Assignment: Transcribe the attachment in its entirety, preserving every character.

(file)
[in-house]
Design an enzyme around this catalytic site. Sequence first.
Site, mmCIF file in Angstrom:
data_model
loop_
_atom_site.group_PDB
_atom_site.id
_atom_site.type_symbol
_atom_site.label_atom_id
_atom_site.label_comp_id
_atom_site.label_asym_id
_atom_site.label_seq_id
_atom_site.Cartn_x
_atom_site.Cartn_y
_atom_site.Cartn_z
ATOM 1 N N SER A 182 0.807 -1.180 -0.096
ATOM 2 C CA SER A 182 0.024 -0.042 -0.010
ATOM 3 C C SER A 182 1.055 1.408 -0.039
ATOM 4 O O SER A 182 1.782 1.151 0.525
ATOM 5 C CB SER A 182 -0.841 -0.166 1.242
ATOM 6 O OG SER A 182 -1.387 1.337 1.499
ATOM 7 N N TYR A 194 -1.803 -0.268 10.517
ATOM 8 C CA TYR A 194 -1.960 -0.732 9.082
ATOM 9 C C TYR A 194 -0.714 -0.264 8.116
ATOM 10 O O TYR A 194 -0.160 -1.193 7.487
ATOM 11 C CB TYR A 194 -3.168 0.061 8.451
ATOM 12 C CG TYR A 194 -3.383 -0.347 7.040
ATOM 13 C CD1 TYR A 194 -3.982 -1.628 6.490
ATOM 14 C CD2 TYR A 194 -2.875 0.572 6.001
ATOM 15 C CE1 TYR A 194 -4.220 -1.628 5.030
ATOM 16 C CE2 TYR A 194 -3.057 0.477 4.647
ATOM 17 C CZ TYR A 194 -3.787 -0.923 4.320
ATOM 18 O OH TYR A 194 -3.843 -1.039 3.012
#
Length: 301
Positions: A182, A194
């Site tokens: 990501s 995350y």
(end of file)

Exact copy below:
[in-house]
Design an enzyme around this catalytic site. Sequence first.
Site, mmCIF file in Angstrom:
data_model
loop_
_atom_site.group_PDB
_atom_site.id
_atom_site.type_symbol
_atom_site.label_atom_id
_atom_site.label_comp_id
_atom_site.label_asym_id
_atom_site.label_seq_id
_atom_site.Cartn_x
_atom_site.Cartn_y
_atom_site.Cartn_z
ATOM 1 N N SER A 182 0.807 -1.180 -0.096
ATOM 2 C CA SER A 182 0.024 -0.042 -0.010
ATOM 3 C C SER A 182 1.055 1.408 -0.039
ATOM 4 O O SER A 182 1.782 1.151 0.525
ATOM 5 C CB SER A 182 -0.841 -0.166 1.242
ATOM 6 O OG SER A 182 -1.387 1.337 1.499
ATOM 7 N N TYR A 194 -1.803 -0.268 10.517
ATOM 8 C CA TYR A 194 -1.960 -0.732 9.082
ATOM 9 C C TYR A 194 -0.714 -0.264 8.116
ATOM 10 O O TYR A 194 -0.160 -1.193 7.487
ATOM 11 C CB TYR A 194 -3.168 0.061 8.451
ATOM 12 C CG TYR A 194 -3.383 -0.347 7.040
ATOM 13 C CD1 TYR A 194 -3.982 -1.628 6.490
ATOM 14 C CD2 TYR A 194 -2.875 0.572 6.001
ATOM 15 C CE1 TYR A 194 -4.220 -1.628 5.030
ATOM 16 C CE2 TYR A 194 -3.057 0.477 4.647
ATOM 17 C CZ TYR A 194 -3.787 -0.923 4.320
ATOM 18 O OH TYR A 194 -3.843 -1.039 3.012
#
Length: 301
Positions: A182, A194
């Site tokens: 990501s 995350y």